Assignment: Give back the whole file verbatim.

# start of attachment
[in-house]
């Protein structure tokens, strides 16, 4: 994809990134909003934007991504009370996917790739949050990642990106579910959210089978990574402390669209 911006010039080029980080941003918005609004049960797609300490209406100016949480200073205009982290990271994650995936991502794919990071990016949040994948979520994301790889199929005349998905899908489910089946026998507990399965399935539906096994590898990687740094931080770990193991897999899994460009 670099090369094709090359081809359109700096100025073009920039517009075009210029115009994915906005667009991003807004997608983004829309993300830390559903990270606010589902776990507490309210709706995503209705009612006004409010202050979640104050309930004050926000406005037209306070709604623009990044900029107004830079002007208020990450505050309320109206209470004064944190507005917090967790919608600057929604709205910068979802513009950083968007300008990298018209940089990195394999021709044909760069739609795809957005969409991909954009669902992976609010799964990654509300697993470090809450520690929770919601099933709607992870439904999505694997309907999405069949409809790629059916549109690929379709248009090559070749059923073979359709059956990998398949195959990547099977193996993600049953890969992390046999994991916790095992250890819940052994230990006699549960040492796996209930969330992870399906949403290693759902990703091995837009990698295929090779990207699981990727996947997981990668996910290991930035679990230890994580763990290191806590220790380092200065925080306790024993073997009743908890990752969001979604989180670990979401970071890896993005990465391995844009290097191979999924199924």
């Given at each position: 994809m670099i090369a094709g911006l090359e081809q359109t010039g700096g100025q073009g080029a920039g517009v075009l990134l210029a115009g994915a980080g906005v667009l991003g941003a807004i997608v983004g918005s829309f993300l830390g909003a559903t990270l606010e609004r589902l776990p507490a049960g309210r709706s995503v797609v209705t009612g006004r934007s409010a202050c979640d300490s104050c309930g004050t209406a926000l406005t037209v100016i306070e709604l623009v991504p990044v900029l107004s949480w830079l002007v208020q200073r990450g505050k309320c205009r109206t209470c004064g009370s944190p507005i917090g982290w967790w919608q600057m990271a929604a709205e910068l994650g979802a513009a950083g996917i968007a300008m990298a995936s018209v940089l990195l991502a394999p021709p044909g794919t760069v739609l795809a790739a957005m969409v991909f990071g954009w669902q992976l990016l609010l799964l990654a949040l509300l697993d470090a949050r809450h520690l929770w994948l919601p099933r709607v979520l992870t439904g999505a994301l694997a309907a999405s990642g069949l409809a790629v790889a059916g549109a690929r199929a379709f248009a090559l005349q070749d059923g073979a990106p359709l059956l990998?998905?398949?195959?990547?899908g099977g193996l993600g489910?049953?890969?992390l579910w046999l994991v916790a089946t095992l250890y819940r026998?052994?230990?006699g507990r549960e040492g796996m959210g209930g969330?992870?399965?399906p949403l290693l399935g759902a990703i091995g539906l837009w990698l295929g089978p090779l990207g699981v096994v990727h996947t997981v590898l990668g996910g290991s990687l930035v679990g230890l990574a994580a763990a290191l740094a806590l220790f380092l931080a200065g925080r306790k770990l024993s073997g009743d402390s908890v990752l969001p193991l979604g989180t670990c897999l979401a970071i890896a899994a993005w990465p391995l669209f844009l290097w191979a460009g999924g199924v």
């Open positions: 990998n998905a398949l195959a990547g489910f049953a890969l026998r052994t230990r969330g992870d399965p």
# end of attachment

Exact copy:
[in-house]
């Protein structure tokens, strides 16, 4: 994809990134909003934007991504009370996917790739949050990642990106579910959210089978990574402390669209 911006010039080029980080941003918005609004049960797609300490209406100016949480200073205009982290990271994650995936991502794919990071990016949040994948979520994301790889199929005349998905899908489910089946026998507990399965399935539906096994590898990687740094931080770990193991897999899994460009 670099090369094709090359081809359109700096100025073009920039517009075009210029115009994915906005667009991003807004997608983004829309993300830390559903990270606010589902776990507490309210709706995503209705009612006004409010202050979640104050309930004050926000406005037209306070709604623009990044900029107004830079002007208020990450505050309320109206209470004064944190507005917090967790919608600057929604709205910068979802513009950083968007300008990298018209940089990195394999021709044909760069739609795809957005969409991909954009669902992976609010799964990654509300697993470090809450520690929770919601099933709607992870439904999505694997309907999405069949409809790629059916549109690929379709248009090559070749059923073979359709059956990998398949195959990547099977193996993600049953890969992390046999994991916790095992250890819940052994230990006699549960040492796996209930969330992870399906949403290693759902990703091995837009990698295929090779990207699981990727996947997981990668996910290991930035679990230890994580763990290191806590220790380092200065925080306790024993073997009743908890990752969001979604989180670990979401970071890896993005990465391995844009290097191979999924199924």
């Given at each position: 994809m670099i090369a094709g911006l090359e081809q359109t010039g700096g100025q073009g080029a920039g517009v075009l990134l210029a115009g994915a980080g906005v667009l991003g941003a807004i997608v983004g918005s829309f993300l830390g909003a559903t990270l606010e609004r589902l776990p507490a049960g309210r709706s995503v797609v209705t009612g006004r934007s409010a202050c979640d300490s104050c309930g004050t209406a926000l406005t037209v100016i306070e709604l623009v991504p990044v900029l107004s949480w830079l002007v208020q200073r990450g505050k309320c205009r109206t209470c004064g009370s944190p507005i917090g982290w967790w919608q600057m990271a929604a709205e910068l994650g979802a513009a950083g996917i968007a300008m990298a995936s018209v940089l990195l991502a394999p021709p044909g794919t760069v739609l795809a790739a957005m969409v991909f990071g954009w669902q992976l990016l609010l799964l990654a949040l509300l697993d470090a949050r809450h520690l929770w994948l919601p099933r709607v979520l992870t439904g999505a994301l694997a309907a999405s990642g069949l409809a790629v790889a059916g549109a690929r199929a379709f248009a090559l005349q070749d059923g073979a990106p359709l059956l990998?998905?398949?195959?990547?899908g099977g193996l993600g489910?049953?890969?992390l579910w046999l994991v916790a089946t095992l250890y819940r026998?052994?230990?006699g507990r549960e040492g796996m959210g209930g969330?992870?399965?399906p949403l290693l399935g759902a990703i091995g539906l837009w990698l295929g089978p090779l990207g699981v096994v990727h996947t997981v590898l990668g996910g290991s990687l930035v679990g230890l990574a994580a763990a290191l740094a806590l220790f380092l931080a200065g925080r306790k770990l024993s073997g009743d402390s908890v990752l969001p193991l979604g989180t670990c897999l979401a970071i890896a899994a993005w990465p391995l669209f844009l290097w191979a460009g999924g199924v």
């Open positions: 990998n998905a398949l195959a990547g489910f049953a890969l026998r052994t230990r969330g992870d399965p």